A cost-based pricing method is often a moving target and can go out of control. To prevent runaway costs, cost-plus pricing often combines with a guaranteed maximum price (GMP) to set the upper limit for fees and expenses. Anything above it goes to the contractor.

In a nutshell, the cost-plus contract covers the direct costs such as labor and materials, indirect costs, including traveling and communication, and the profit.


  • Cost-plus contracts are flexible. Owners can make design alterations along the way, and the contractors know in advance what they stand to make after the alterations.
  • Unlike lump-sum contracts, miscalculations are not detrimental, given the flexible nature of the arrangement.


  • Cost-plus contracts require the justification of costs, and this sometimes is difficult. Owners may be unwilling to reimburse some indirect costs such as administrative expenses.

Unit Price

A unit price contract requires the contractor to establish price per unit of work divided into portions. The method is standard in public work. Also known as measurement contracts, the arrangement allows the contractor to forward the cost of every unit of work instead of an estimate for the whole project. Unit price contracts are practical when the task is tedious, and the material costs are not projectable.


  • A simplified invoice is the contract’s strength, allowing for more transparency and fewer disputes.
  • Ideal for well-defined and repetitive projects
  • The profit margin stays the same even when there are changes to the scope of the work.


  • The owner may insist on comparing the prices, which can cause delays.
  • It may not be handy with private projects unless as part of other methods such as lump sum for particular work components.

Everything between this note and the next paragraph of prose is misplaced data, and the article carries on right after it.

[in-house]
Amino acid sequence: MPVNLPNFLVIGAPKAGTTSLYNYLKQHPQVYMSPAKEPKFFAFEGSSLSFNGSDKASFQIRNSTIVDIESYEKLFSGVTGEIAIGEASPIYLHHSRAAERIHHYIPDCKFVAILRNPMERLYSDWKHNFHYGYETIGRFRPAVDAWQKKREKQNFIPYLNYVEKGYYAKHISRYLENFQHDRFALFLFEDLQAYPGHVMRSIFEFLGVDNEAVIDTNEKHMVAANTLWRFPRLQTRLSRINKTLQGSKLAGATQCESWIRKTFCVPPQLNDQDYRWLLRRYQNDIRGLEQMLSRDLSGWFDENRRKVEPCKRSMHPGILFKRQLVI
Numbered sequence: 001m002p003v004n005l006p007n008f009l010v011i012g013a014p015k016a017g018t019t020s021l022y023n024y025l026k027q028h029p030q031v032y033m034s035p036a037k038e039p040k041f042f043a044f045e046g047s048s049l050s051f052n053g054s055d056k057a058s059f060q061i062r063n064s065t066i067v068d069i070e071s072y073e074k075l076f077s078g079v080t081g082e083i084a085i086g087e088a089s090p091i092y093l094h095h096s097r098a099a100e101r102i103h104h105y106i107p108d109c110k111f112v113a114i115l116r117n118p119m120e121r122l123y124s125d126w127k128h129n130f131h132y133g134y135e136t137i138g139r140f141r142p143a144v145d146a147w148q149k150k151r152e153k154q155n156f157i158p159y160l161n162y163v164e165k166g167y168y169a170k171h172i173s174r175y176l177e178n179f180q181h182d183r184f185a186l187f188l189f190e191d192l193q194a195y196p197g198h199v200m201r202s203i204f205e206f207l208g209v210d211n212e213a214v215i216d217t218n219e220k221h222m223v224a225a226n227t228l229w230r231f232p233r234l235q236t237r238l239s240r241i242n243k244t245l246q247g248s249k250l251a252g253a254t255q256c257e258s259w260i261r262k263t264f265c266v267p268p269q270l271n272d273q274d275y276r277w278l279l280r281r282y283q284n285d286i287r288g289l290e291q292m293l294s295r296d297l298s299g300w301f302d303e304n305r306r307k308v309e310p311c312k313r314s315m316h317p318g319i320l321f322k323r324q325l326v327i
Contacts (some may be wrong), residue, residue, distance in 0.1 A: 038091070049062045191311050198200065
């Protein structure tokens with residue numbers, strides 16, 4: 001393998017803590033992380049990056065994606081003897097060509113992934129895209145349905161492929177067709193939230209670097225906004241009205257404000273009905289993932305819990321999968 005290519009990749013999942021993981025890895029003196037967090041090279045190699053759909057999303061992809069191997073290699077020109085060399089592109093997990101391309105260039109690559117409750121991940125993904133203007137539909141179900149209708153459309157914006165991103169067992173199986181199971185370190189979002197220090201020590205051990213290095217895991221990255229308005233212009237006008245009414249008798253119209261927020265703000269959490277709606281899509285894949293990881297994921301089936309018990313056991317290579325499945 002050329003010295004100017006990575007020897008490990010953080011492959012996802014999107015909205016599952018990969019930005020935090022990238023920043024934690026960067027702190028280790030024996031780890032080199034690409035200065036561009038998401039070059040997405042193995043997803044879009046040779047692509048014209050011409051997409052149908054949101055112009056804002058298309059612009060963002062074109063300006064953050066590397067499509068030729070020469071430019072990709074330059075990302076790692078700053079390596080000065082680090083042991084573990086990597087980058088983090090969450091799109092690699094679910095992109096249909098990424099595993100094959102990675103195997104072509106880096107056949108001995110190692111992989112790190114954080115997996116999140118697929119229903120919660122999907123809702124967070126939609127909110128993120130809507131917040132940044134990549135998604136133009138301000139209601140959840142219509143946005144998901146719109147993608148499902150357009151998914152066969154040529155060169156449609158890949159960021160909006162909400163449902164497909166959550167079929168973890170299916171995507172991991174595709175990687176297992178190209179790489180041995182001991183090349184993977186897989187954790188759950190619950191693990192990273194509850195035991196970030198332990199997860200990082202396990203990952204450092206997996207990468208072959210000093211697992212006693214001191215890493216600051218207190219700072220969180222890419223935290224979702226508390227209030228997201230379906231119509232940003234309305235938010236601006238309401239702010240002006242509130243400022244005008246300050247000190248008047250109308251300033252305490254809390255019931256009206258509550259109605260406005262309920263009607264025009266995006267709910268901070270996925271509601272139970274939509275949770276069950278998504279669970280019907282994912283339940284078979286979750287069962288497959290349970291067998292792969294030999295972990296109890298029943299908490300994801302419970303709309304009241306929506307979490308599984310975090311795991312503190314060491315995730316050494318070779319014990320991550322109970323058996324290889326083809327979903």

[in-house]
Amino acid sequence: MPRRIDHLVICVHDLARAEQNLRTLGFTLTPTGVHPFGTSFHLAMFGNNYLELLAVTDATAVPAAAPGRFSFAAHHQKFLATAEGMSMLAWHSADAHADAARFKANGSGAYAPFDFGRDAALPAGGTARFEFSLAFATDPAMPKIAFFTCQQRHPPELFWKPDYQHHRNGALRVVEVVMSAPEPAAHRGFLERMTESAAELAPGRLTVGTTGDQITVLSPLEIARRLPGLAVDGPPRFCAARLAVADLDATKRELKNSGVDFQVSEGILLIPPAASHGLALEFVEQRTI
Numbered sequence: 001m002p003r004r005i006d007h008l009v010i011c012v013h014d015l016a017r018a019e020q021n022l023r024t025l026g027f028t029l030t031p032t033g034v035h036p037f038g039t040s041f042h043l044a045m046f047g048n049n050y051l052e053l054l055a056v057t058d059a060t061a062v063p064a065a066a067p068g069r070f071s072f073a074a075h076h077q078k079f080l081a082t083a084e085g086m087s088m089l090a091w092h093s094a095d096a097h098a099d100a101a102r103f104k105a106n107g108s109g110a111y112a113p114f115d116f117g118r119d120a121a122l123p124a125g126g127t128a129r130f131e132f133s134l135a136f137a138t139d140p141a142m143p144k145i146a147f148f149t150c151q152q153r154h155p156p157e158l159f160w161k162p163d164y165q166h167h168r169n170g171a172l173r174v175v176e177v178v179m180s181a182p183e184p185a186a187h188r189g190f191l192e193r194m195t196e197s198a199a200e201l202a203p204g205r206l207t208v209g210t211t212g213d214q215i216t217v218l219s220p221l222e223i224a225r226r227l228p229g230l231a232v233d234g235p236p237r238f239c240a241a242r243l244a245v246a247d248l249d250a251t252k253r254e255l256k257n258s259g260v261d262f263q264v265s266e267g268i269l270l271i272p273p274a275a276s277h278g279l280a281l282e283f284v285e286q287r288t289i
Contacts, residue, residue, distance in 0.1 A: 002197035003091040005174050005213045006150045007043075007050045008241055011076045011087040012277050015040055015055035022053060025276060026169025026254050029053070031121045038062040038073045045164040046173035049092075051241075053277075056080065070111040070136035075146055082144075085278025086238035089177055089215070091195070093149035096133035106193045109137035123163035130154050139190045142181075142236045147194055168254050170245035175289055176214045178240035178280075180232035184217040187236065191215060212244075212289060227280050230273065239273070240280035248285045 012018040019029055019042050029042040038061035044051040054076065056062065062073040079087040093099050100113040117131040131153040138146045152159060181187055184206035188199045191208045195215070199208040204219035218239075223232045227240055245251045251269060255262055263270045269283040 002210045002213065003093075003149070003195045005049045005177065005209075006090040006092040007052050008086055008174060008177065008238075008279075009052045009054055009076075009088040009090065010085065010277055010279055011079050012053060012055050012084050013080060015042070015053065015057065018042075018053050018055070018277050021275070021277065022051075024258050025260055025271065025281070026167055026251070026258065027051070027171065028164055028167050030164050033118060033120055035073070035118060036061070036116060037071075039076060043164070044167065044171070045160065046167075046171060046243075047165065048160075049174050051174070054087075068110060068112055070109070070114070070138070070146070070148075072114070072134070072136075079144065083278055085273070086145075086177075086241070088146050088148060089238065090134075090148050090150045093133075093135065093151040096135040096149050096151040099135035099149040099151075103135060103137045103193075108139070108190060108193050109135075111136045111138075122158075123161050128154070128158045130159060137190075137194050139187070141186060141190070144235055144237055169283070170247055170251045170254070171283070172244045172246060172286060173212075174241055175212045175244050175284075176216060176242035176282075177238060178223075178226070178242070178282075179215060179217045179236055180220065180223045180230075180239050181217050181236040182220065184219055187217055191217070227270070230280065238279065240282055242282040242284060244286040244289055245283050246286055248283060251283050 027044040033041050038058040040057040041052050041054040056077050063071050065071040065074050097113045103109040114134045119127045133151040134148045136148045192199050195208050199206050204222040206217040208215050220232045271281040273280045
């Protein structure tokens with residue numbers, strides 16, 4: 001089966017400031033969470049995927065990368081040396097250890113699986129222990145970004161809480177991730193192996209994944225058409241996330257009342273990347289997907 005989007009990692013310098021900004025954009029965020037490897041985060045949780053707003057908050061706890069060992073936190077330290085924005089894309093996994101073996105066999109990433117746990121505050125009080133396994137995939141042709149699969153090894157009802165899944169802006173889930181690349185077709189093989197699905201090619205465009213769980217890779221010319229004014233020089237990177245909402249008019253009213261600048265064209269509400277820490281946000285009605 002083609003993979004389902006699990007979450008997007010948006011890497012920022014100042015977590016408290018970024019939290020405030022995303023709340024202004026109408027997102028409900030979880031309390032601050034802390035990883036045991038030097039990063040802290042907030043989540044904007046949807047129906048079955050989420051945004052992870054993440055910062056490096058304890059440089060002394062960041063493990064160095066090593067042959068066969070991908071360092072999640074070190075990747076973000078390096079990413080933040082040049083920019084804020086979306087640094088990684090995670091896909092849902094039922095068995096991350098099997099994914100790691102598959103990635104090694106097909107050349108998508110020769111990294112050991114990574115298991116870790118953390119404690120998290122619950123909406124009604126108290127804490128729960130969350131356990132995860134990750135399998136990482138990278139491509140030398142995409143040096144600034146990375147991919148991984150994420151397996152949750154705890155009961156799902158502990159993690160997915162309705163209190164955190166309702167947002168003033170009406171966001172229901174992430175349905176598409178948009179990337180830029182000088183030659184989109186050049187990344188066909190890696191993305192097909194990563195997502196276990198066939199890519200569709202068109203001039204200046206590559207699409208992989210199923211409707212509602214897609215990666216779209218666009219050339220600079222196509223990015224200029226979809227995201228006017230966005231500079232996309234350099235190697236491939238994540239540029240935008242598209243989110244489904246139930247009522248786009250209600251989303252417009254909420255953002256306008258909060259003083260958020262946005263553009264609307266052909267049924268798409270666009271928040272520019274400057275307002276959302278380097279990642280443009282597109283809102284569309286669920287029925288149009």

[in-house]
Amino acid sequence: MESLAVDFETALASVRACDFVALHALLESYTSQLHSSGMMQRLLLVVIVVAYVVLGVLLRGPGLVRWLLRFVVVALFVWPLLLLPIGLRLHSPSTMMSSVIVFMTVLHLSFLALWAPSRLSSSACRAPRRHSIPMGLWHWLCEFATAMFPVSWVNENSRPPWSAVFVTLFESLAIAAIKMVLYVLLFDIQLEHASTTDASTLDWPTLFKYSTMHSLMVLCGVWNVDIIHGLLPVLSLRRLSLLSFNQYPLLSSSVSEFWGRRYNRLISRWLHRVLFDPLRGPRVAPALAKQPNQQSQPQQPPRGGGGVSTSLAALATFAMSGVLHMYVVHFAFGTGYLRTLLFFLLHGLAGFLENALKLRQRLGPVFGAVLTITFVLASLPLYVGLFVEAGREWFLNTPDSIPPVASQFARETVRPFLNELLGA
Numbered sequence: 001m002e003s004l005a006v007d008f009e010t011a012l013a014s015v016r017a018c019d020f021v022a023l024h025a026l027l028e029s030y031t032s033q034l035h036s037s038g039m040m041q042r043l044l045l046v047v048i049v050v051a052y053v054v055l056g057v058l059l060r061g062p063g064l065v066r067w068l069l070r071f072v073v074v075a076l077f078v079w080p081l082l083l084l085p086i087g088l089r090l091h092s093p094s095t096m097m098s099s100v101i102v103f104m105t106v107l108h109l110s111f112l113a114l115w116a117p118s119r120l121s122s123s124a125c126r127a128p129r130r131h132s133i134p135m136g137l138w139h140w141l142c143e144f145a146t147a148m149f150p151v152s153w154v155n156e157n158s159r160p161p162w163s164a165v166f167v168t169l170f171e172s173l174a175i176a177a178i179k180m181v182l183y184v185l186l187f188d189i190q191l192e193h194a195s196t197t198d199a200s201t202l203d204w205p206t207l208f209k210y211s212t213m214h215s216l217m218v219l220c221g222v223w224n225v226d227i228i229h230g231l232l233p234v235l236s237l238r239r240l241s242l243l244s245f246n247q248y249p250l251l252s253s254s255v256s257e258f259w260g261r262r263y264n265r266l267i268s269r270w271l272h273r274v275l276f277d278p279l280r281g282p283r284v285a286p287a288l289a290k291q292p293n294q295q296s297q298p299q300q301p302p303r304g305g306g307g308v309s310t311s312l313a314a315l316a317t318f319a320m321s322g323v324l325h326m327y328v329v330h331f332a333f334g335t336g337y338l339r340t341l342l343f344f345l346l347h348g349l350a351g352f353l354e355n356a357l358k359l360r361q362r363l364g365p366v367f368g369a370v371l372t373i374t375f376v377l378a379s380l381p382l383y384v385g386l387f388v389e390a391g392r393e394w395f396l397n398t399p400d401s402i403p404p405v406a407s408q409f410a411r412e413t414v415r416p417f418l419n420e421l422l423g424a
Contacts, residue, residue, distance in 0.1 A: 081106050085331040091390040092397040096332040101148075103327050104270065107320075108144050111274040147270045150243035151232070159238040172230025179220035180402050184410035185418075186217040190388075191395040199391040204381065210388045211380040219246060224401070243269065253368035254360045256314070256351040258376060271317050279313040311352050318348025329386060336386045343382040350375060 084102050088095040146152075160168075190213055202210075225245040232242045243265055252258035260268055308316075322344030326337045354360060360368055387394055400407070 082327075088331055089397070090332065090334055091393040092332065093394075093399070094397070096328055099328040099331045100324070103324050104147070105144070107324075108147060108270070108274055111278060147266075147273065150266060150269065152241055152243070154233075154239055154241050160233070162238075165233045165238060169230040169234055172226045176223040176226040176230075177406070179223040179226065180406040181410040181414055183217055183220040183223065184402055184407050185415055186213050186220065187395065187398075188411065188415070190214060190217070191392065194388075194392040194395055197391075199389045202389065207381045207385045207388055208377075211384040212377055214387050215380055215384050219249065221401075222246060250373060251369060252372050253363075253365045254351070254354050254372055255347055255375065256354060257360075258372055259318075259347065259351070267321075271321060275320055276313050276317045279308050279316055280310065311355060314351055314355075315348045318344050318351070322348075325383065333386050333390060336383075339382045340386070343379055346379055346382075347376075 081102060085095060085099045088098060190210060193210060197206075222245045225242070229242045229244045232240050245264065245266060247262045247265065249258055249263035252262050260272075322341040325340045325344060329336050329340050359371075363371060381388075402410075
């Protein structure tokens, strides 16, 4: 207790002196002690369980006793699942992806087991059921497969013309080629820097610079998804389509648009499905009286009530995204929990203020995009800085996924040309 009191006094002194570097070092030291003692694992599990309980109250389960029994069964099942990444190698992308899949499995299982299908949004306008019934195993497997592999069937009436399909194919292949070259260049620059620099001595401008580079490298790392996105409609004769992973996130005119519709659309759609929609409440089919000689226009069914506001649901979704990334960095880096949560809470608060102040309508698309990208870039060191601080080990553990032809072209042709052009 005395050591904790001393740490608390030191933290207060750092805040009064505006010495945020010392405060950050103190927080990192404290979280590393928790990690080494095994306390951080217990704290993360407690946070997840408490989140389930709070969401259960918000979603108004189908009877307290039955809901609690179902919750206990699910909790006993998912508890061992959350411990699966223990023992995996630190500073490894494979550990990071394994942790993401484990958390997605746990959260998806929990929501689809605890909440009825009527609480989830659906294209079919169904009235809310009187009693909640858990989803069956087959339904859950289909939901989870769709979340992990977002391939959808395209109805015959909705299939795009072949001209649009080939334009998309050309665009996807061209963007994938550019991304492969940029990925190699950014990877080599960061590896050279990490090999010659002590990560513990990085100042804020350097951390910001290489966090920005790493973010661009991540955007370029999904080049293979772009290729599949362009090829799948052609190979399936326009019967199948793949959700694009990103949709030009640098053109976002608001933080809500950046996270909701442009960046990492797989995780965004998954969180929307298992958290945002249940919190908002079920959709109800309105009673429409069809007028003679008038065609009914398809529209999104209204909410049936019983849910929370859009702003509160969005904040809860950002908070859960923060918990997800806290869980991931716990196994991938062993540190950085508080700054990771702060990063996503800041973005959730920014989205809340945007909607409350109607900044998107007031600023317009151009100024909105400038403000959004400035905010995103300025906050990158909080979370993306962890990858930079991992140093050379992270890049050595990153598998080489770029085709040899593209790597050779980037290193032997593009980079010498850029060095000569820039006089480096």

• Estimating the final value of the contract is not a walk in the park. The amounts of units needed for project completion is not easy to know.

Construction Contracts Best Practices

While there are different types of construction projects, the contracts follow the same rules and have pretty much the same elements. Here are the best practices when writing construction contracts:

  • Incentives are helpful when the scope is not very clear, and the budget or costs of the project are not yet determined.
  • The parties need to agree on defining costs, especially in the cost-plus contract. Will redoing the rejected work be part of the overall costs included in the total bill? What about the contractor’s equipment? What rate will be applied?
  • How and when will there be communication between the client and the owner? Both parties should know when and how to contact the other before making decisions.
  • Parties should agree on how to apportion any savings from the project. Will all the savings in the cost-plus method go to the contractor?
  • Since every project may have unforeseen circumstances, it is vital to accommodate contingencies. It is much easier for the project when there is a roadmap in place if something unplanned happens or there is an unexpected expense.
  • State the expectations clearly, such as the method of reporting the expenses.

Knowledge of the different types of contracts, their advantages, and their disadvantages is crucial, and it helps to know which one to choose to align with a particular project.

Contact us to discuss your constructions contract needs.